Longtime Le Roy outdoorsman shares insights into new turkey call
John Arneth was in the fifth grade when his father drove him to Barrett's Batavia Marine to see Paul Butski. The year was 1980 and Butski was at Barrett's to give a demonstration on calling turkeys. Then a former world, state and Grand National champion caller, Butski took aside the youngster from Le Roy and taught him how to use a friction call. Not yet old enough to hunt at the time, John put to use what he learned from the renowned caller, practicing the art of imitating communication between turkeys.
In the decades since, John has learned a great deal in the turkey woods, having hunted turkey in several locations throughout Western New York including Genesee, Wyoming, Livingston and Chautauqua counties. His passion for turkey hunting has also taken him out of state, pursuing toms in Florida and Alabama. In 32 years of turkey hunting he has taken 52 longbeards. No doubt he has become prolific in the art of calling in wily toms, so much in fact, he is on the pro staff of several makers of outdoor gear, among them Duel Game Calls. Over the years he has conducted 250 turkey and deer seminars at places like Cabela's, Bass Pro, Gander Mountain, National Wild Turkey Federation events, outdoor shows, pro shops, churches and calling contests.
These days John is the town of Le Roy highway superintendant and still an avid turkey hunter. Friday evening I sat down with John and listened as he demonstrated one of Duel Game Calls' newest products, the Blodgett Signature Design turkey call, a totally new look in the game call industry.
The Blodgett series was named in honor of Harry Blodgett, legendary turkey call maker. To say that Arneth and the people at Duel Game Calls are optimistic woud be an understatement. At the National Wild Turkey Federation Grand National Convention the new calls raised eyebrows and turned heads, wowing some of the biggest names in the business.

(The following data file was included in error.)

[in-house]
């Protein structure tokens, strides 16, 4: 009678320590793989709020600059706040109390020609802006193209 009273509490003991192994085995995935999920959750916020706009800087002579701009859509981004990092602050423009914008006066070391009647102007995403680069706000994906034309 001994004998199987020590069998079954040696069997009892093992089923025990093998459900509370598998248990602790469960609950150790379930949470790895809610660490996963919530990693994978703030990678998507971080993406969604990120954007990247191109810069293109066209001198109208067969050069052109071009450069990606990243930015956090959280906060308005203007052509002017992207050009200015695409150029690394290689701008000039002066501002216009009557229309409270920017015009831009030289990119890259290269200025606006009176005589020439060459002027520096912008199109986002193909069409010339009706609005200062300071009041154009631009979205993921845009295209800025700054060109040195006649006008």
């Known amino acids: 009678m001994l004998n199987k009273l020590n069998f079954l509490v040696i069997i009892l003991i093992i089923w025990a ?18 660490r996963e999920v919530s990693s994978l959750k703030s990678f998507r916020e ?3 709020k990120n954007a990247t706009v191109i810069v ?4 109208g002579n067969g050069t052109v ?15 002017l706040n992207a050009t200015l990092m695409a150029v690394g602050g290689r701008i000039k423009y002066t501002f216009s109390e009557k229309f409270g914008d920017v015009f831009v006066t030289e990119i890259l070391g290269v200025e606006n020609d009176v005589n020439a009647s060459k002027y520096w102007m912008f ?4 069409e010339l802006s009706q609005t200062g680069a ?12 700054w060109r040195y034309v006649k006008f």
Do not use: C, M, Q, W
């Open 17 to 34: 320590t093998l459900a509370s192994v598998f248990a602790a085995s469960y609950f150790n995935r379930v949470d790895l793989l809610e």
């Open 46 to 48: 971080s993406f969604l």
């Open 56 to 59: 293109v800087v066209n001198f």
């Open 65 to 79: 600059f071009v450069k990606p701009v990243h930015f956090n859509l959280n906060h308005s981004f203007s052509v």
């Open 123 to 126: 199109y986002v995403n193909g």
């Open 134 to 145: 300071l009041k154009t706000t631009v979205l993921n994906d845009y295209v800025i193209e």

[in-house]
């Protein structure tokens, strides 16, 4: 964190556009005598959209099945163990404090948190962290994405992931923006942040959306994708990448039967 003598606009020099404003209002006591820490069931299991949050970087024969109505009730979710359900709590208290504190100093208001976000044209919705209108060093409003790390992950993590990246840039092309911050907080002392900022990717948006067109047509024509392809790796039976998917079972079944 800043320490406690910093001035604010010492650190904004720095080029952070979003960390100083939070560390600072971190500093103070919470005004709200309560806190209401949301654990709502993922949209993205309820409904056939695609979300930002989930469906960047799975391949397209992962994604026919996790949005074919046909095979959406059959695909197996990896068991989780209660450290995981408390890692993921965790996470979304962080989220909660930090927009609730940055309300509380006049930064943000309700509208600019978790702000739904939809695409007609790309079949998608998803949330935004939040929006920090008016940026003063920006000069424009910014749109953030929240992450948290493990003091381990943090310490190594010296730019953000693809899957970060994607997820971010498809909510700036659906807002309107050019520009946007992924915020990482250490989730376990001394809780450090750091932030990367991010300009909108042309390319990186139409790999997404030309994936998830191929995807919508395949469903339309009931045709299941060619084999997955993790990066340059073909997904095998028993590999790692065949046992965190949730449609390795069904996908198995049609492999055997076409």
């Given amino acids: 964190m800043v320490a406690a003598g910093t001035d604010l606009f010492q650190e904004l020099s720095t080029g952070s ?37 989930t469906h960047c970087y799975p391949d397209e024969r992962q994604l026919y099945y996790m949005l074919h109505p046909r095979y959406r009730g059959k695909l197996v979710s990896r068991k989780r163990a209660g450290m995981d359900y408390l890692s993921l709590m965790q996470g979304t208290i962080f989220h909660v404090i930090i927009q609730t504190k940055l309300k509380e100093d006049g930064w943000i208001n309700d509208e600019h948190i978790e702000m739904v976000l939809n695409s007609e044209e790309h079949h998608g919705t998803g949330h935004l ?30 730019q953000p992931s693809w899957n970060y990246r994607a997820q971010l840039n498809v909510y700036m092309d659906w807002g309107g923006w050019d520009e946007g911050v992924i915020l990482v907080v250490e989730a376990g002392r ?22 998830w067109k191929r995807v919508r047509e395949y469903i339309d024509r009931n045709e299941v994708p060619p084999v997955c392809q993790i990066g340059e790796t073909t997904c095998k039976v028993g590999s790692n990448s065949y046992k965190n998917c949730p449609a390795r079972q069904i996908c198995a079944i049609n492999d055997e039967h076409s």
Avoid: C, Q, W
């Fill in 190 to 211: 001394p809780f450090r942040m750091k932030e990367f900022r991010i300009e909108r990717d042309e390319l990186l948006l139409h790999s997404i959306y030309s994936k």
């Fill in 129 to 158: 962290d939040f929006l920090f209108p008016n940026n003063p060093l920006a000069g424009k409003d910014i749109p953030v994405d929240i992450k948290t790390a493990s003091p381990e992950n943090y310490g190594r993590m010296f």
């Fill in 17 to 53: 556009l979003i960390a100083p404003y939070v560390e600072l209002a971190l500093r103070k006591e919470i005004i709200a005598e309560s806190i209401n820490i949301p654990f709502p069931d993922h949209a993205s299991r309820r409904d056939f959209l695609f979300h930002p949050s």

"The calls absolutely blew people away, even turkey hunting legends like Jim Strelic," he said.
While the lamination gives the call a good look, the business end of the call, the striking surface and the sound it produces, was what got the attention of veteral turkey hunters. "Can it purr?" asked some, "Can it yelp and cutt?" asked others. John Arneth was happy to oblige and he answered their questions the only way he knew how, he demonstated by giving a quick clinic and customers went away satisfied, more often than not with a supply of new Blodgett calls.
The reason for the call's success in imitating the sound of a turkey lies in the overall makeup of what is known in the turkey hunting industry as pot style calls.
"We use laminated sugar maple, the same lamination process used by Gibson guitars. We pay a royalty to Gibson guitars for the lamination process because they own the patent," he said. "They are machined pots," he added, "from a very precise computer-controlled cutting machine."
The makeup of the striking surface of the call is a bit more interesting, as John explained, resulting in three different surface types, one being borosilicate crystal to be exact, and it creates a high pitched, very high-quality sound. A second was a slate surface, made from a very pure form of ocean slate. The third striking surface was aluminum, 6061 aircraft aluminum, oil free, bead blasted and it produces the highest frequency call in the industry.
In addition to Duel Game Calls, John Arneth is on the pro staff of Mossy Oak, Ol' Tom, Gold Tip Arrows, Hawk Tree Stands and Wasp Broadheads. He currently lives in the village of Le Roy with his wife and three daughters
Very good article on turkey calls. I wish the author would have explain the different calls in the picture. I recognized the call box as I once had one and played around with it before I gave it to a turkey hunter.